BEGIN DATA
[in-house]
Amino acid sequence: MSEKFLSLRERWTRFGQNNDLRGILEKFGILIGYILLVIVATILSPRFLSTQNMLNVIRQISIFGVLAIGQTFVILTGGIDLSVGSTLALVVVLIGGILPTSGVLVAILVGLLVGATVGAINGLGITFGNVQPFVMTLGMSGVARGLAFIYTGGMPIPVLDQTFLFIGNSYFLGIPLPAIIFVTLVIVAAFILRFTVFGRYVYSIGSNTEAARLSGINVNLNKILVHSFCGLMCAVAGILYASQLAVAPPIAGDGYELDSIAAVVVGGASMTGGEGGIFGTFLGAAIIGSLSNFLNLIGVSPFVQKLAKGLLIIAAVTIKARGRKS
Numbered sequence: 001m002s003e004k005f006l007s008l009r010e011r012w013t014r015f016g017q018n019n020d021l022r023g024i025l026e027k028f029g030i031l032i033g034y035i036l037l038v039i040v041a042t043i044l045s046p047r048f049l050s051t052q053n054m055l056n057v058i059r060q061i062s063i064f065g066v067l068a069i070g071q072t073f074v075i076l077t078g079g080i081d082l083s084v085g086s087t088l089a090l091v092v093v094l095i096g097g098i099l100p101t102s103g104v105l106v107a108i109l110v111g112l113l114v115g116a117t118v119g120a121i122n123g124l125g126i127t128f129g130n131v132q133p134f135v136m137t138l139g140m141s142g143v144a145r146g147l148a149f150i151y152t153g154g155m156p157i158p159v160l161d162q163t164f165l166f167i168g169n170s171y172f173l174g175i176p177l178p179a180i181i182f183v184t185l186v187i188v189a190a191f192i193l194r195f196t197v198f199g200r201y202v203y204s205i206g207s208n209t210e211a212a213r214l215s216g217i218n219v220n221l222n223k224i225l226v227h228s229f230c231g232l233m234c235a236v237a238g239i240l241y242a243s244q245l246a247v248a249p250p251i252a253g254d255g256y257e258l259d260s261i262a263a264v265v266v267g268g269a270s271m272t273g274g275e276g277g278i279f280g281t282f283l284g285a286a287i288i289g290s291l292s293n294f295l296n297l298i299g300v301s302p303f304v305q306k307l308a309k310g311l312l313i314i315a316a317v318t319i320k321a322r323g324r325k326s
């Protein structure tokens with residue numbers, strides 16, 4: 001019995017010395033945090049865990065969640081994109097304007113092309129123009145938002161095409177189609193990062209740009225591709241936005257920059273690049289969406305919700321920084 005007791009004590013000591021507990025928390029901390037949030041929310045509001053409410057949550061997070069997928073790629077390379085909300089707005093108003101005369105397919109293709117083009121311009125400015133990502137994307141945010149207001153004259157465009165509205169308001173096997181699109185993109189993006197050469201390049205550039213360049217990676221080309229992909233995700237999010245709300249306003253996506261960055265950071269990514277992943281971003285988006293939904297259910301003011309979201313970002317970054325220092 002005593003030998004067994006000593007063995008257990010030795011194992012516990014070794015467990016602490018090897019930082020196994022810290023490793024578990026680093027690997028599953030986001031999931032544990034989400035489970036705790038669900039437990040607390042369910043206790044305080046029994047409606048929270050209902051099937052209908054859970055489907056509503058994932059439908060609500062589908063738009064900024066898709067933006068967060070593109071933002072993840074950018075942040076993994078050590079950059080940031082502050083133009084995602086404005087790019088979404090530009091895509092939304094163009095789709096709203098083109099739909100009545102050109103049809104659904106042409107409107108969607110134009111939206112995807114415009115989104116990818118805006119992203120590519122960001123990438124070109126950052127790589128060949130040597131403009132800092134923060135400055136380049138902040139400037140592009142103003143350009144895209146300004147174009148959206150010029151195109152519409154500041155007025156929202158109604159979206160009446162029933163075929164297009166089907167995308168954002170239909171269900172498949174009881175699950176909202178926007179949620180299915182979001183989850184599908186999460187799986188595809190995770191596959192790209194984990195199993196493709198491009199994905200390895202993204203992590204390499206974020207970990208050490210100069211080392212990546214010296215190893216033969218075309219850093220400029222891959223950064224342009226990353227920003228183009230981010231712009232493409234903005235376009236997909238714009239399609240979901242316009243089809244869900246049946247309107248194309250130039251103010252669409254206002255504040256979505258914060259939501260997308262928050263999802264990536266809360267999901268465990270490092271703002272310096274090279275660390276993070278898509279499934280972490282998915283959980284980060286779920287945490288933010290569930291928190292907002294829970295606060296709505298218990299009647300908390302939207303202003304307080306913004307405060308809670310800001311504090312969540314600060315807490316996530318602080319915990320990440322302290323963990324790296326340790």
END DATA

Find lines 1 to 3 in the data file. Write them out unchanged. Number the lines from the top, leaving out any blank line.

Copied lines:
[in-house]
Amino acid sequence: MSEKFLSLRERWTRFGQNNDLRGILEKFGILIGYILLVIVATILSPRFLSTQNMLNVIRQISIFGVLAIGQTFVILTGGIDLSVGSTLALVVVLIGGILPTSGVLVAILVGLLVGATVGAINGLGITFGNVQPFVMTLGMSGVARGLAFIYTGGMPIPVLDQTFLFIGNSYFLGIPLPAIIFVTLVIVAAFILRFTVFGRYVYSIGSNTEAARLSGINVNLNKILVHSFCGLMCAVAGILYASQLAVAPPIAGDGYELDSIAAVVVGGASMTGGEGGIFGTFLGAAIIGSLSNFLNLIGVSPFVQKLAKGLLIIAAVTIKARGRKS
Numbered sequence: 001m002s003e004k005f006l007s008l009r010e011r012w013t014r015f016g017q018n019n020d021l022r023g024i025l026e027k028f029g030i031l032i033g034y035i036l037l038v039i040v041a042t043i044l045s046p047r048f049l050s051t052q053n054m055l056n057v058i059r060q061i062s063i064f065g066v067l068a069i070g071q072t073f074v075i076l077t078g079g080i081d082l083s084v085g086s087t088l089a090l091v092v093v094l095i096g097g098i099l100p101t102s103g104v105l106v107a108i109l110v111g112l113l114v115g116a117t118v119g120a121i122n123g124l125g126i127t128f129g130n131v132q133p134f135v136m137t138l139g140m141s142g143v144a145r146g147l148a149f150i151y152t153g154g155m156p157i158p159v160l161d162q163t164f165l166f167i168g169n170s171y172f173l174g175i176p177l178p179a180i181i182f183v184t185l186v187i188v189a190a191f192i193l194r195f196t197v198f199g200r201y202v203y204s205i206g207s208n209t210e211a212a213r214l215s216g217i218n219v220n221l222n223k224i225l226v227h228s229f230c231g232l233m234c235a236v237a238g239i240l241y242a243s244q245l246a247v248a249p250p251i252a253g254d255g256y257e258l259d260s261i262a263a264v265v266v267g268g269a270s271m272t273g274g275e276g277g278i279f280g281t282f283l284g285a286a287i288i289g290s291l292s293n294f295l296n297l298i299g300v301s302p303f304v305q306k307l308a309k310g311l312l313i314i315a316a317v318t319i320k321a322r323g324r325k326s